Ukrainian domestic politics further exacerbated the tensions. American-backed protests in 2014 culminated in the ouster of Ukrainian president Viktor Yanukovych and the installing of a pro-Western regime in Kyiv. Shortly after, pro-Russian Ukrainians and ethnic Russians in Crimea occupied government buildings, and Russia annexed the peninsula after a secession referendum. NATO war games in the Baltic, American arming and training of Ukrainian troops, and an evolving de facto integration of Ukraine into NATO and the EU sphere of influence preceded a Russian invasion of Ukraine in late February 2022.

Realists, liberals, and constructivists view this situation in different ways. Realists center their analysis on the security interests of states and power distribution. Western influence created a security threat to Russia and a relative power imbalance in favor of the West. Russia’s actions reflect a protection against Western encroachment to protect its security interests. 

Liberals emphasize domestic politics and the role of international institutions in the conflict. The coup in 2014 that brought into power a pro-Western government prompted Russia to undertake actions that would destabilize the country and pull Ukraine back into its trade orbit. A pro-Western population within Ukraine saw in NATO and the EU a way to advance their interests, reducing Ukrainian economic dependence on Russia.

Constructivists look more at diverging identities in the conflict. The attraction of pro-democratic Western identity stood in stark contrast to the authoritarianism of Putin’s Russia. Patriotic rhetoric from the Kremlin emphasized Russian identity and justified Crimean annexation as a reterritorialization of a historical Russian land.

International relations scholars view these main theories as both complementary and distinct ways of looking at the world. While staunch realists like Mearsheimer predicted the Russian reaction to NATO encroachment, many observers view these theories as tools in a toolbox of perspectives to consider when interpreting world events. Accordingly, it is important to understand that IR theories provide lenses for interpretation rather than a set of public policies that should be pursued. In other words, IR theory is value-free, seeking to understand how the world works. This outlook stands in contrast to ideologies of domestic politics or foreign policy, which are methods for achieving ends.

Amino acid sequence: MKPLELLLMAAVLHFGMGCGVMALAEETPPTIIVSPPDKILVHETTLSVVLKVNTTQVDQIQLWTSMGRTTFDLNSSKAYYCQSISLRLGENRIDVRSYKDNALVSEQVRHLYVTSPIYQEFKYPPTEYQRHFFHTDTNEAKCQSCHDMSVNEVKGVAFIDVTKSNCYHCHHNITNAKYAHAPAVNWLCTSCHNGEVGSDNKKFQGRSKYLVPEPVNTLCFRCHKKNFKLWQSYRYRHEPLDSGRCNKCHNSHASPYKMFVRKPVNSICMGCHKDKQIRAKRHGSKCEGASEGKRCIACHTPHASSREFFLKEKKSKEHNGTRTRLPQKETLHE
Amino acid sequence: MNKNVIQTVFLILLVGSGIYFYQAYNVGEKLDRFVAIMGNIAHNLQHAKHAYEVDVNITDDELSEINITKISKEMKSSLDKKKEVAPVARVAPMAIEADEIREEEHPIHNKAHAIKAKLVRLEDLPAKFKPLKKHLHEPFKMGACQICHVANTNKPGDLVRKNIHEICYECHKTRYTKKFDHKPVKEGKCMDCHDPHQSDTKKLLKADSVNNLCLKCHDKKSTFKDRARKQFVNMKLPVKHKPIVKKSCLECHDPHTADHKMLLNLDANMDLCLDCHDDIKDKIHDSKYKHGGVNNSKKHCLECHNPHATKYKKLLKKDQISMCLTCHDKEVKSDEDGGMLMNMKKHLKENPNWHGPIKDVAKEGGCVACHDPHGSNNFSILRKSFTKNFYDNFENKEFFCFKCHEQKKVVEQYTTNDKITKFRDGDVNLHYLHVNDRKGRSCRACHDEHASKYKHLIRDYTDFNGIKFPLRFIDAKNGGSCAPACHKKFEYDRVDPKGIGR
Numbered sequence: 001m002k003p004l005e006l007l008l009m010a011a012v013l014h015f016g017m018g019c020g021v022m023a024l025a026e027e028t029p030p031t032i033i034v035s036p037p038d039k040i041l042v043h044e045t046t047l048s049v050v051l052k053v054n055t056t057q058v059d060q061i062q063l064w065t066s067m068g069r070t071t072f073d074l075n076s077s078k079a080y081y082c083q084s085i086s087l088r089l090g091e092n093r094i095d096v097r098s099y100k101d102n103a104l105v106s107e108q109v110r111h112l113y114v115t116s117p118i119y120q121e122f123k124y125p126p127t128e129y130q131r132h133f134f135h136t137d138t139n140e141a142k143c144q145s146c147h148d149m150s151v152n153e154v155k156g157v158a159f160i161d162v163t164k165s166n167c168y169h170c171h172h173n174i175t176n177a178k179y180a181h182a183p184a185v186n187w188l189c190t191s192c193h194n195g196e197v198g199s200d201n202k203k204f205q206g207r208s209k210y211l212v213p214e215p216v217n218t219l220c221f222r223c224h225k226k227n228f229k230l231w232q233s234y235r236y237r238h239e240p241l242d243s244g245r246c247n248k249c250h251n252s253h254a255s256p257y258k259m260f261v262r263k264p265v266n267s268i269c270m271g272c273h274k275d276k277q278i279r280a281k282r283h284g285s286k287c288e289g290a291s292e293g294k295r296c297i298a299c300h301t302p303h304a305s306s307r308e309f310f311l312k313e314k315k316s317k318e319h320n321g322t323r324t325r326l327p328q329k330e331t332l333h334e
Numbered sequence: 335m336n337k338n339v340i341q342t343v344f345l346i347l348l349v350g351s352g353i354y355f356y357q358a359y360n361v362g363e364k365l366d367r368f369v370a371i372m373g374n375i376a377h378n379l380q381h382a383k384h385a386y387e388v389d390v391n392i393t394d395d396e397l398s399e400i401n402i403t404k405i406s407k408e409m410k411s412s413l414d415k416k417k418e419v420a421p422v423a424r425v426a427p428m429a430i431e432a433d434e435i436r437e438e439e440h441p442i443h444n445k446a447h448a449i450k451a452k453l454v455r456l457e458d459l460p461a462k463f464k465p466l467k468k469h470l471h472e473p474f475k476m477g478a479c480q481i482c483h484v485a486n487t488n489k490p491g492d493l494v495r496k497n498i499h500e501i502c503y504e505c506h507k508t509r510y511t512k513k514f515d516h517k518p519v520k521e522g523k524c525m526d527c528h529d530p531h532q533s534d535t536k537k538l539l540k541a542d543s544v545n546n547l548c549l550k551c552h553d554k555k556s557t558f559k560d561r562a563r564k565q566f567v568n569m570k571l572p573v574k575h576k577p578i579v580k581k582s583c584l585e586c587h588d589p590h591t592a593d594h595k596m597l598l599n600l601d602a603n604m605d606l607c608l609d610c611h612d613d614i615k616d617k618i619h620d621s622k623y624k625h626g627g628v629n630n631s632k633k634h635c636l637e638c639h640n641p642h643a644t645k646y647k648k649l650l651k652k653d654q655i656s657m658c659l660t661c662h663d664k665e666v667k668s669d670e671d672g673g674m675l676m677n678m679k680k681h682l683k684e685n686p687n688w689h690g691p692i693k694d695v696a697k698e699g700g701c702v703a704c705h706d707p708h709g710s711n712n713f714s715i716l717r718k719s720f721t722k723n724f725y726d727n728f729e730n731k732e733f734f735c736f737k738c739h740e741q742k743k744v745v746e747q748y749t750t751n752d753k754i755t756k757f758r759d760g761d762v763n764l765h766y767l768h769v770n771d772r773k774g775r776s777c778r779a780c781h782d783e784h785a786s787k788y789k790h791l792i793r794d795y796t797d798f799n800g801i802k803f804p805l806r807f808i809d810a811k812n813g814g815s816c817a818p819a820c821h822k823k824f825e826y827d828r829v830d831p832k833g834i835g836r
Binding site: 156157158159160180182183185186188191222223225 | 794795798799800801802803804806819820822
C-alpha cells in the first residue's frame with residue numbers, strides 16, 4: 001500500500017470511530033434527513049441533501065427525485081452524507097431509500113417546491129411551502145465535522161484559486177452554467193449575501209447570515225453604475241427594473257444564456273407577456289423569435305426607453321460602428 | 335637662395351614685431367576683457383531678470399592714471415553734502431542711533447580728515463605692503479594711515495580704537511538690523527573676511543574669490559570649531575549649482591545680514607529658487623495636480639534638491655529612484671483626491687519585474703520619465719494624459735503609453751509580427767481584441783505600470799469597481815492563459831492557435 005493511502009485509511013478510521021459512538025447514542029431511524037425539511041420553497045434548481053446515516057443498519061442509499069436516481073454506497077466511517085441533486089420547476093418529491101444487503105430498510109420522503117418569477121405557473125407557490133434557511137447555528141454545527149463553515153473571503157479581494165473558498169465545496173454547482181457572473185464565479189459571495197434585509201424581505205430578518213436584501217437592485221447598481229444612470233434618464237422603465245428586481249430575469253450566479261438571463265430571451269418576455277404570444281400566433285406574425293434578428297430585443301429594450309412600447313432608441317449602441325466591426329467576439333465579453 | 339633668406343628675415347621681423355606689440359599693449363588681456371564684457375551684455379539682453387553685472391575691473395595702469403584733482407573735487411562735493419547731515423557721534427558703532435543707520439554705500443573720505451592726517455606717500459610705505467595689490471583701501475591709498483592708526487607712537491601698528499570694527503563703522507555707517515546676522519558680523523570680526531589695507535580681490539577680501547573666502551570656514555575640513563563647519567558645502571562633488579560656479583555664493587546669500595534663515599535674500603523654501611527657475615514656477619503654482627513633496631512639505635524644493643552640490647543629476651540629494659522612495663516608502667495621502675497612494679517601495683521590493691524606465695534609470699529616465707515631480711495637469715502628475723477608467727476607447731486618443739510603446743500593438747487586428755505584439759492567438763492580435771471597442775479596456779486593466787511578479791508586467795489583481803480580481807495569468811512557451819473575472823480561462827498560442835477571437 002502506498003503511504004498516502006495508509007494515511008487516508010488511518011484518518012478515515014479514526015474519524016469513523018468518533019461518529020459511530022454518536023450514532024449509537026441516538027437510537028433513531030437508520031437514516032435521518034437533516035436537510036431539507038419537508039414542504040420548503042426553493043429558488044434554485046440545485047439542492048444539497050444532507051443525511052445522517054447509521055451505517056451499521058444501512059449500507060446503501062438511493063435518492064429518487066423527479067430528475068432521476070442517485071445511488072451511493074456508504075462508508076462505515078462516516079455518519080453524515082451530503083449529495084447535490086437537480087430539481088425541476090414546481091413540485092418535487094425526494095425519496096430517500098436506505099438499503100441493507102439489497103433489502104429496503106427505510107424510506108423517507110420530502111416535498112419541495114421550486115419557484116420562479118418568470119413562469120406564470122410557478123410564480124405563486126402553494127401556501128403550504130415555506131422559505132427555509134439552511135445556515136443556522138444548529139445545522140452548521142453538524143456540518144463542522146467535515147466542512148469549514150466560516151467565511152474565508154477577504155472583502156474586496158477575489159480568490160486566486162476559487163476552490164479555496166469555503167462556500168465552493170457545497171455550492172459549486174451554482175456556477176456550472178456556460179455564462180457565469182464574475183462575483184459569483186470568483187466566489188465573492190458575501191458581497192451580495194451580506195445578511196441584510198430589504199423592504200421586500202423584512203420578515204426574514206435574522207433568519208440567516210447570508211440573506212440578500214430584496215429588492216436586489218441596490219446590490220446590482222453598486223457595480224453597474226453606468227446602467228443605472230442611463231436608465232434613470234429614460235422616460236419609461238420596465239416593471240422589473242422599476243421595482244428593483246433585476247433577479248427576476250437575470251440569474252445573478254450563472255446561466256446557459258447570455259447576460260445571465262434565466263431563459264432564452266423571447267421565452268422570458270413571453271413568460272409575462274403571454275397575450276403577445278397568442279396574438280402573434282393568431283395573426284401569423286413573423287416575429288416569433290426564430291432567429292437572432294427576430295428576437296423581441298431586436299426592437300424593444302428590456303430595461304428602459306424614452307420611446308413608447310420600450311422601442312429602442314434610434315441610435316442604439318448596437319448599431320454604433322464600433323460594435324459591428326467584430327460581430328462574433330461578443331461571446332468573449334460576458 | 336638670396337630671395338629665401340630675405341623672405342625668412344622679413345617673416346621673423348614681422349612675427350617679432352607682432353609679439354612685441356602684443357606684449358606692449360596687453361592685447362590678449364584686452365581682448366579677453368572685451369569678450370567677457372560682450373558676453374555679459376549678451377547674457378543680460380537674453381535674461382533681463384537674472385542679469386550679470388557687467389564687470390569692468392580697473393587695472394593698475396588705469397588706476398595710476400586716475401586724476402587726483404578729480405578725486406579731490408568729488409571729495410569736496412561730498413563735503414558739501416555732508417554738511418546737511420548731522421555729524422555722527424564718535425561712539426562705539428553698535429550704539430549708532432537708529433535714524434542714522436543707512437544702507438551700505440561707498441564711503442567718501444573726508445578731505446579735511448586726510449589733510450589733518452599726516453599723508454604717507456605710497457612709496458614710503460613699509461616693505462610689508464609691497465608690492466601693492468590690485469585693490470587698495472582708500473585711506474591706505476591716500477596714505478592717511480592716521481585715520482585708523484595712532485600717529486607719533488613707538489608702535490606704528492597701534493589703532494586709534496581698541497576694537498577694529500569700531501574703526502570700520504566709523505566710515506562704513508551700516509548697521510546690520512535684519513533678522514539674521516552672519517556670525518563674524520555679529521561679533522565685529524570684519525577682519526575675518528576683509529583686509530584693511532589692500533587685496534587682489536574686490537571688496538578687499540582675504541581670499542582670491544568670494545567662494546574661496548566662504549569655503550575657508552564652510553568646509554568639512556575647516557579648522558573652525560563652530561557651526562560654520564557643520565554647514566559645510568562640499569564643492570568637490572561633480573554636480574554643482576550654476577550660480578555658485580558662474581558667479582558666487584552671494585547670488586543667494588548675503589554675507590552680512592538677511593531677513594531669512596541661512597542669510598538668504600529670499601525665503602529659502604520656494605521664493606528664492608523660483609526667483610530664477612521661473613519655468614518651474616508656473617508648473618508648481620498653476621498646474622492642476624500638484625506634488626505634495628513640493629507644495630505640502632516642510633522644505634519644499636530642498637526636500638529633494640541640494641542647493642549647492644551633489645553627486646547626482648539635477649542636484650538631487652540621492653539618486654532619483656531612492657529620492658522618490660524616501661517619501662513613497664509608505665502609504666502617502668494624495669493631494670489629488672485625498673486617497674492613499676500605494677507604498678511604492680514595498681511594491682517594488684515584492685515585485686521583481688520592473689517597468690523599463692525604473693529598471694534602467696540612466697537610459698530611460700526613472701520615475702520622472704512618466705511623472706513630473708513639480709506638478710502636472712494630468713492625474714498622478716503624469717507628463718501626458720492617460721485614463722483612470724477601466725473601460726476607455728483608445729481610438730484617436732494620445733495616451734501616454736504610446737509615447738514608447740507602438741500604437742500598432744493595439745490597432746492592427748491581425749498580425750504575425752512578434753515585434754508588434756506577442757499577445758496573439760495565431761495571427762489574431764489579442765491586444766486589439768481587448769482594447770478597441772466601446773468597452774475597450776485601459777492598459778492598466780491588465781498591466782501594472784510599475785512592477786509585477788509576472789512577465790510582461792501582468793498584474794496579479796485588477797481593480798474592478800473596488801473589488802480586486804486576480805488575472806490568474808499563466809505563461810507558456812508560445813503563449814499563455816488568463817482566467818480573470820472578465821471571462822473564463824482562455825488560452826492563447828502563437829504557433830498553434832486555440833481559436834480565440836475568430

Foreign policy prescriptions may, however, follow from viewing the world through one of these theories. Offensive realism argues that international anarchy requires states to seek opportunities constantly to improve their relative power positions against other states. Defensive realism sees this strategy as misguided. Instead, states should enact foreign policies of restraint to avoid provoking other countries into belligerence. Liberals generally see economic interdependence, democracy, and international institutions as peacebuilding. As a result, liberals seek to expand democracy, trade relations, and international institutions on the global system and among other countries. They see liberal values as mutually beneficial for the United States as well as the target countries. Some, however, like Woodrow Wilson, George W. Bush, or Hillary Clinton, might like to impose these institutions and relationships by force. Like IR theory generally, these approaches can overlap and do not correspond to ideologies on the political spectrum or compass. IR theory is to foreign policy as economic theory is to economic policy. Both try to understand the world as it is and then derive policy that would best achieve ends sought. 

Bibliography

Koehane, Robert O. and Joseph S. Nye. Power and Interdependence: World Politics in Transition. Boston: Little, Brown and Company, 1977.

Morgenthau, Hans J. Politics Among Nations: The Struggle for Power and Peace. New York: Alfred A. Knopf, 1948.

Waltz, Kenneth N. Theory of International Politics. Boston: McGraw-Hill, 1979.

Wendt, Alexander. “Anarchy is What States Make of It: The Social Construction of Power Politics.” International Organization 46, no. 2 (Spring 1992): 391-425.

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The Scott Horton Show: McMaken on Capitalism and Peace

04/26/2022Ryan McMaken

In this interview with Scott Horton, Scott talks with Ryan McMaken about free markets and free trade. They begin with a discussion about the role of the Mises Institute in the push for sound money. Scott then asks McMaken about the nuances of debating capitalism vs. socialism while living under a mixed economy. They then discuss the changing role of the United States in the world. McMaken believes a “rules-based international order” existed after the fall of the USSR but that the US destroyed it by invading Iraq in 2003. McMaken argues that the best path forward is a commitment to the classical liberal ideals of free markets at home and nonintervention abroad (32 minutes).